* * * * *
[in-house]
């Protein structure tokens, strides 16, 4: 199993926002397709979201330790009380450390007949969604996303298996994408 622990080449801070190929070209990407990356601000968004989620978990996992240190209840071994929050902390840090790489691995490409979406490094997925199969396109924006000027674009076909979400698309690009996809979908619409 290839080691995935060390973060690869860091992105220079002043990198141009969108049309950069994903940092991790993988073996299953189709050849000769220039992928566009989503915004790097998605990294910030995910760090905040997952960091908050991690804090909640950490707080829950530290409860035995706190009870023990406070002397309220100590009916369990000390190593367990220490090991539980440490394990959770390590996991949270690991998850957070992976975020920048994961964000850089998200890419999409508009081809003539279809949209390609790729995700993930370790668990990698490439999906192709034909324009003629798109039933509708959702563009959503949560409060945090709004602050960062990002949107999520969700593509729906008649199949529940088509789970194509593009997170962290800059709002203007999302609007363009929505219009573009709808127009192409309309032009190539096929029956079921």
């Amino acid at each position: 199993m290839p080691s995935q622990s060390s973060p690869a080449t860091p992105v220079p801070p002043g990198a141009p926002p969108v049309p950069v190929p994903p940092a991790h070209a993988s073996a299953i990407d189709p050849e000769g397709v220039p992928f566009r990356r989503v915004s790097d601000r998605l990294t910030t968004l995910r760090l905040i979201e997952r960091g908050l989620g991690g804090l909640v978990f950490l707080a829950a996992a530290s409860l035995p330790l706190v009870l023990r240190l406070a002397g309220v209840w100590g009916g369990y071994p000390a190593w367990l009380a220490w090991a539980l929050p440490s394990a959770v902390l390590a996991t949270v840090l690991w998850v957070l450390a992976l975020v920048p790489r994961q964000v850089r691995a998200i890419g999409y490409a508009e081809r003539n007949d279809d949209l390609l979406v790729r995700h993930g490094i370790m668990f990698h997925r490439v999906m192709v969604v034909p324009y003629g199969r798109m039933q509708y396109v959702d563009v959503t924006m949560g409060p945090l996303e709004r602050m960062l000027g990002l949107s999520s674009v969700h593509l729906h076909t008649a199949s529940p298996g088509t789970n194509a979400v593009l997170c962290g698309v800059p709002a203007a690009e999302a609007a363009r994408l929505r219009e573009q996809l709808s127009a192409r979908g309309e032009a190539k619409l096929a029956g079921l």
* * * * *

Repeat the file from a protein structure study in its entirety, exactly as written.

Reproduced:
[in-house]
């Protein structure tokens, strides 16, 4: 199993926002397709979201330790009380450390007949969604996303298996994408 622990080449801070190929070209990407990356601000968004989620978990996992240190209840071994929050902390840090790489691995490409979406490094997925199969396109924006000027674009076909979400698309690009996809979908619409 290839080691995935060390973060690869860091992105220079002043990198141009969108049309950069994903940092991790993988073996299953189709050849000769220039992928566009989503915004790097998605990294910030995910760090905040997952960091908050991690804090909640950490707080829950530290409860035995706190009870023990406070002397309220100590009916369990000390190593367990220490090991539980440490394990959770390590996991949270690991998850957070992976975020920048994961964000850089998200890419999409508009081809003539279809949209390609790729995700993930370790668990990698490439999906192709034909324009003629798109039933509708959702563009959503949560409060945090709004602050960062990002949107999520969700593509729906008649199949529940088509789970194509593009997170962290800059709002203007999302609007363009929505219009573009709808127009192409309309032009190539096929029956079921």
């Amino acid at each position: 199993m290839p080691s995935q622990s060390s973060p690869a080449t860091p992105v220079p801070p002043g990198a141009p926002p969108v049309p950069v190929p994903p940092a991790h070209a993988s073996a299953i990407d189709p050849e000769g397709v220039p992928f566009r990356r989503v915004s790097d601000r998605l990294t910030t968004l995910r760090l905040i979201e997952r960091g908050l989620g991690g804090l909640v978990f950490l707080a829950a996992a530290s409860l035995p330790l706190v009870l023990r240190l406070a002397g309220v209840w100590g009916g369990y071994p000390a190593w367990l009380a220490w090991a539980l929050p440490s394990a959770v902390l390590a996991t949270v840090l690991w998850v957070l450390a992976l975020v920048p790489r994961q964000v850089r691995a998200i890419g999409y490409a508009e081809r003539n007949d279809d949209l390609l979406v790729r995700h993930g490094i370790m668990f990698h997925r490439v999906m192709v969604v034909p324009y003629g199969r798109m039933q509708y396109v959702d563009v959503t924006m949560g409060p945090l996303e709004r602050m960062l000027g990002l949107s999520s674009v969700h593509l729906h076909t008649a199949s529940p298996g088509t789970n194509a979400v593009l997170c962290g698309v800059p709002a203007a690009e999302a609007a363009r994408l929505r219009e573009q996809l709808s127009a192409r979908g309309e032009a190539k619409l096929a029956g079921l």